Keep in mind, anything can give a project purpose. It could be a school requirement, a scholarship, a need to share your ideas, or even just a sincere interest in a topic. Ideally, it will be a combination of all of those elements that will lead you to start with questions, and end with a new found answer. Find a purpose and let it fuel you, because I can attest that as gratifying as my research has been, it also requires dedication and commitment.
For this series, I will be posting every week, so stay tuned for next Tuesday when I will discuss picking a topic! Any questions? Feel free to comment below or send me an email!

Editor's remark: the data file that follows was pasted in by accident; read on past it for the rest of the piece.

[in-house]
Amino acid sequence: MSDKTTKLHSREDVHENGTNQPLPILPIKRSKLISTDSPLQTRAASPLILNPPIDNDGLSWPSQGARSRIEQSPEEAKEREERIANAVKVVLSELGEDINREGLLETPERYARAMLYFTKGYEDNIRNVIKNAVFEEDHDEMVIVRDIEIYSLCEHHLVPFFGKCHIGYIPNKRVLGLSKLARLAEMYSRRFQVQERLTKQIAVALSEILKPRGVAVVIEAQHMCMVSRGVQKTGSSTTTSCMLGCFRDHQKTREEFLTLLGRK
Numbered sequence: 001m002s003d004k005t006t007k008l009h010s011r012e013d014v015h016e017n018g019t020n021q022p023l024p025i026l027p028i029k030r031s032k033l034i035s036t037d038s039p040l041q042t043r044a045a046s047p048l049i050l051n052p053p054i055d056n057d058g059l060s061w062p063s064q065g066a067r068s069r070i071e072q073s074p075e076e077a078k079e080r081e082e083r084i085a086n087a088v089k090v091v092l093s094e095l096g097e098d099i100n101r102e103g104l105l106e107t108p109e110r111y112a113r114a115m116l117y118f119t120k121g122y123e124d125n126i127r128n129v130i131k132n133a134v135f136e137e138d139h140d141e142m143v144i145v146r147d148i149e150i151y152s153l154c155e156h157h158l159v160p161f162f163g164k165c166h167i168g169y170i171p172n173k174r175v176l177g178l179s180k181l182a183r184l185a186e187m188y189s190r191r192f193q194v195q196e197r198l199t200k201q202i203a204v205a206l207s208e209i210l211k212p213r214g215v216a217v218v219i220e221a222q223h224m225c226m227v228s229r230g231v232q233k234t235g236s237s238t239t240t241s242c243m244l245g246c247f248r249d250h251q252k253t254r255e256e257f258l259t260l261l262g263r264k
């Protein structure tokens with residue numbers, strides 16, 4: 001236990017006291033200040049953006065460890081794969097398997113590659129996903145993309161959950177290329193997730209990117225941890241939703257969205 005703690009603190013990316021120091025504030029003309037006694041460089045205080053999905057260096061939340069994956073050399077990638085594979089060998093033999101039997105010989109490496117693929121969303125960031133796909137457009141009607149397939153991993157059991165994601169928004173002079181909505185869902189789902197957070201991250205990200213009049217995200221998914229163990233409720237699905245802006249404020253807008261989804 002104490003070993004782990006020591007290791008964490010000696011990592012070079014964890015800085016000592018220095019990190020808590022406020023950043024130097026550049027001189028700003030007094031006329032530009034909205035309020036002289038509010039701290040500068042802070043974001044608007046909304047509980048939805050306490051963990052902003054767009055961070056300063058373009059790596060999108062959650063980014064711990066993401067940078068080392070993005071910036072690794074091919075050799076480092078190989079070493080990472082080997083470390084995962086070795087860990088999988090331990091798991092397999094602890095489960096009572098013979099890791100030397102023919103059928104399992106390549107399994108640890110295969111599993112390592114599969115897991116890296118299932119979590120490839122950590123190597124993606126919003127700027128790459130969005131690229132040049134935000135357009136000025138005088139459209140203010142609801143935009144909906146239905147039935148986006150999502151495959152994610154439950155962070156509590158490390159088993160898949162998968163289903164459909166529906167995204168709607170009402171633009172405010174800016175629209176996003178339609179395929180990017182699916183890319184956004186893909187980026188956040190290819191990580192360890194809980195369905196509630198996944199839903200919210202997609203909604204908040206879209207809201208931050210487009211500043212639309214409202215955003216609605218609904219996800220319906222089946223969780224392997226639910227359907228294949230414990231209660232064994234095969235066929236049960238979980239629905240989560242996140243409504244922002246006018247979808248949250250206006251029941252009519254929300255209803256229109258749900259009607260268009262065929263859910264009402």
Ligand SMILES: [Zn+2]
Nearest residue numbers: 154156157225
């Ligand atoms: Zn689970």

I’m sitting at my computer, thinking about how to communicate how I am feeling. It’s difficult because the past few months have been one of those times in life where you look back, and you’re not really sure how time could move so fast and how you could have moved so slowly. First, to all of my readers, I want to give you a heartfelt apology. My life got crazy, and I neglected writing because in my mind I was only disappointing myself. After sitting down and looking at a piece of paper with stats that showed me that people truly do care about my life and my words, I am newly committed to writing consistently and honestly. I never truly thought before now that what I sent out into the world was being read by anyone other than my dad, but knowing that there are people that enjoy reading my posts gives me the inspiration that I had lost.